FOR IMMEDIATE RELEASE: July 31, 2015
Contact: Vicki Elkin, Executive Director, Fund for Lake Michigan
Phone: 414-418-5008; 608-334-1473 (cell)
Aaron Brault, Director, Sheboygan County Planning and Conservation
Fund for Lake Michigan awards $75,000 grant to begin restoration at Amsterdam Dunes
Thanks to a $75,000 grant from the Fund for Lake Michigan, Sheboygan County will begin restoring sections of Amsterdam Dunes, one of the largest remaining stretches of undeveloped shoreline on the western side of Lake Michigan.
The 328-acre property includes rare sand dunes, towering bluffs, ecologically significant wetlands and roughly a half-mile of unspoiled shoreline.
"When the Fund heard about a chance to help improve this huge piece of property we couldn't wait to get more involved," said Vicki Elkin, executive director of the Fund for Lake Michigan.
Sheboygan County officials cheered the $75,000 grant announced this week as the next step in introducing more people to the unique landscape between Kohler-Andrae and Harrington Beach State Parks.
"The grant enables us to jumpstart the restoration process and opens the door for additional funding sources as we move forward,'' said Aaron Brault, director of planning and conservation for the county.
Sheboygan County recently acquired the property in the town of Holland for $4.2 million.
Plans include restoring 8,000 feet of streams that flow through the land, converting existing farm fields back to wetlands and preserving the entire parcel to help visitors imagine what Lake Michigan looked like before European settlers began traversing the waterway in the 1800s.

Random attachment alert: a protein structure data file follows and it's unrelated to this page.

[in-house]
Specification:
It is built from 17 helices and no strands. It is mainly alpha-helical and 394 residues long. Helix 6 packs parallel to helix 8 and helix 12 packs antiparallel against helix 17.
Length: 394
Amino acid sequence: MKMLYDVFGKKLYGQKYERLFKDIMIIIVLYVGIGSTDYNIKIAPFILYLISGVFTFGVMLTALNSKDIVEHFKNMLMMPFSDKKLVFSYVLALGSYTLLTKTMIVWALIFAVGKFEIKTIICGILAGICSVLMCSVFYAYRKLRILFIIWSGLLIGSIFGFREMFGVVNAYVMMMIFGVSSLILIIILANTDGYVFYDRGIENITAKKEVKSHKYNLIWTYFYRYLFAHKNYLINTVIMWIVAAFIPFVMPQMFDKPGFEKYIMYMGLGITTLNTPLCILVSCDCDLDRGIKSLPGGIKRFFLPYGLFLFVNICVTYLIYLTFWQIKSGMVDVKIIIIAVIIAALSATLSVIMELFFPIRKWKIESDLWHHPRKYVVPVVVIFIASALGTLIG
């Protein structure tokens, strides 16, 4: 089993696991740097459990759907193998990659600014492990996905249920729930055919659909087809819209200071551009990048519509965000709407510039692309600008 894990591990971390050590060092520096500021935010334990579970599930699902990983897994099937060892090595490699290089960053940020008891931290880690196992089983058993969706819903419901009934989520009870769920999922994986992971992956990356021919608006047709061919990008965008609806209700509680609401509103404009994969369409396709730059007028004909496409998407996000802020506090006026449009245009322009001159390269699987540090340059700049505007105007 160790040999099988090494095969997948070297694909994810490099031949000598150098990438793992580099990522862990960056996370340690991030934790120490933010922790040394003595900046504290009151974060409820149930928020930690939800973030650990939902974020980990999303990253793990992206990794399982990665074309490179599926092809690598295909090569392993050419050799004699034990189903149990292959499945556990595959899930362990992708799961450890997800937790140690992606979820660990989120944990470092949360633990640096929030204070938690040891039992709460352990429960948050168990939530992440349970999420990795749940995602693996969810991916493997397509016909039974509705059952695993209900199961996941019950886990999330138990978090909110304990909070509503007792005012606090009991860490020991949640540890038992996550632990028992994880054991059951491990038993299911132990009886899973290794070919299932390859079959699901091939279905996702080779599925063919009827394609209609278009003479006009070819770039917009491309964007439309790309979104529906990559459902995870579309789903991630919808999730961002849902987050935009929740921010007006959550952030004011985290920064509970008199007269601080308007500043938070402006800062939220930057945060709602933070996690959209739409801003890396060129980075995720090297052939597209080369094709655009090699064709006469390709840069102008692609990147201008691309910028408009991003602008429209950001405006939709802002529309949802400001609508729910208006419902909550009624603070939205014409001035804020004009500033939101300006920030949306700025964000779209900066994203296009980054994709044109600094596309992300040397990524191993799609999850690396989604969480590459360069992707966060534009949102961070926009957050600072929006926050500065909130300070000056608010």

"We congratulate Sheboygan County for its incredible vision and for the magnitude of this project,'' Elkin said. "This meets several of the Fund's goals: improving Lake Michigan's water quality; enhancing wildlife habitat; and showcasing the many beaches, wildlife areas and scenic sites along Lake Michigan."
The Fund for Lake Michigan grant is one of 27 projects receiving $1.9 million in support this summer. A third of the projects are aimed specifically at beaches along Lake Michigan between Kenosha and Door County.
The Fund for Lake Michigan, a private foundation based in Milwaukee, was established in 2011 to safeguard the lake and improve water quality in the region. Crafted out of a legal settlement related to construction of the coal-fired power plants in Oak Creek, the Fund receives $4 million annually from the plants' owners, including We Energies, WPPI Energy, and Madison Gas and Electric. The Fund has awarded more than $11 million over the past four years for projects ranging from the restoration of Cat Island in Green Bay to the revitalization of Simmons Beach in Kenosha.